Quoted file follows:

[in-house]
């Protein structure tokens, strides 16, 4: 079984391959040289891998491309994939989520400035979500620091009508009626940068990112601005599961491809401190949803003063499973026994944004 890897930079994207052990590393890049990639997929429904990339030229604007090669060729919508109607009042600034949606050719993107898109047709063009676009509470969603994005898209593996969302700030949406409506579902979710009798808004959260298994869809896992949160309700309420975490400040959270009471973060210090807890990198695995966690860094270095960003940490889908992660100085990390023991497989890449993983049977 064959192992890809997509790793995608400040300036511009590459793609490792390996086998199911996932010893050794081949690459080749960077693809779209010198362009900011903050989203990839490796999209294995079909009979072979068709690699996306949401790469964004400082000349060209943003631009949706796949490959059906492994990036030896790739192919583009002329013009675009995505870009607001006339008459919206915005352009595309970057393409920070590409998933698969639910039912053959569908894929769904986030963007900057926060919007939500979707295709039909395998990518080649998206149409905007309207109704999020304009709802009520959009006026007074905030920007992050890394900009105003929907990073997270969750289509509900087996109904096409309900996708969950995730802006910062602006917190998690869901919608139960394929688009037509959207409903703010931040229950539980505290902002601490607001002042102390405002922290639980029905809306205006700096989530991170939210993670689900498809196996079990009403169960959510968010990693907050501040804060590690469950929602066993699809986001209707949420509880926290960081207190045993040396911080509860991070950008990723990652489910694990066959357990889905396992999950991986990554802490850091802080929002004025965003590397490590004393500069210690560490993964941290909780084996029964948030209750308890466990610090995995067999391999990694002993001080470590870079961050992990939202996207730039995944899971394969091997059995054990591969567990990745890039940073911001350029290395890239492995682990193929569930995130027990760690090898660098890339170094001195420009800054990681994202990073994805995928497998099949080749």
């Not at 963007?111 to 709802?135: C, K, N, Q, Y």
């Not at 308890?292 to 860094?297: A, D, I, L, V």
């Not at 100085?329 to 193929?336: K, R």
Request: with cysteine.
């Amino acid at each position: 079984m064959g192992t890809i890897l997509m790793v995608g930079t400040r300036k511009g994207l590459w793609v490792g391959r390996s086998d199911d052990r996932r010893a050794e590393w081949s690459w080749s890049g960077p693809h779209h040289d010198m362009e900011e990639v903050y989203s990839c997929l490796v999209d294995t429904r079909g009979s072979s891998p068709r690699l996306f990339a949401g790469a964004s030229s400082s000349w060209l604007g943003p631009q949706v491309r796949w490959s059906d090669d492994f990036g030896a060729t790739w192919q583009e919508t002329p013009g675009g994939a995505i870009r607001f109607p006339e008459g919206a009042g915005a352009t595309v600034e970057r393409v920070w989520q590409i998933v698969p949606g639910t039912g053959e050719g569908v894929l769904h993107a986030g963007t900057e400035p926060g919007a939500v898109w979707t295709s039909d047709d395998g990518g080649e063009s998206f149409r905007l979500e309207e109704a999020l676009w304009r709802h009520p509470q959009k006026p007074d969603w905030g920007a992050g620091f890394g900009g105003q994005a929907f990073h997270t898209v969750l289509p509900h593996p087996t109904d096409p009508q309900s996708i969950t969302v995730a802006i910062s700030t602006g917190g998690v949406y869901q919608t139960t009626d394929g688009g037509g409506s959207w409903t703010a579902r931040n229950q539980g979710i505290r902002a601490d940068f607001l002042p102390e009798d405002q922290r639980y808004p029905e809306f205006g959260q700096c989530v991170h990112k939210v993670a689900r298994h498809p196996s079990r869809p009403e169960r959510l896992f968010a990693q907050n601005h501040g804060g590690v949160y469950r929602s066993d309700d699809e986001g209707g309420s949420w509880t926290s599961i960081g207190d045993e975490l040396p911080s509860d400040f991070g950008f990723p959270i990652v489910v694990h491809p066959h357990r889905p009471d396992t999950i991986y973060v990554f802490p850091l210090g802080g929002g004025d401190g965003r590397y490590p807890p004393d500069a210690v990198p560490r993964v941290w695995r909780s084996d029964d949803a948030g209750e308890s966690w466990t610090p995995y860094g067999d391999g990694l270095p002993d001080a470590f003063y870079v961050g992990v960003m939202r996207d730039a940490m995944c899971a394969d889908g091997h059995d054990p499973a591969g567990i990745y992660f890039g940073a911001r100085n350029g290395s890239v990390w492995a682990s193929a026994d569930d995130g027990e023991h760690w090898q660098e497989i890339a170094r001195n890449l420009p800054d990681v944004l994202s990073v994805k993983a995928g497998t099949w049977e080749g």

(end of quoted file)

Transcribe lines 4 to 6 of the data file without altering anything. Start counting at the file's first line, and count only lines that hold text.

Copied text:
């Not at 308890?292 to 860094?297: A, D, I, L, V």
């Not at 100085?329 to 193929?336: K, R």
Request: with cysteine.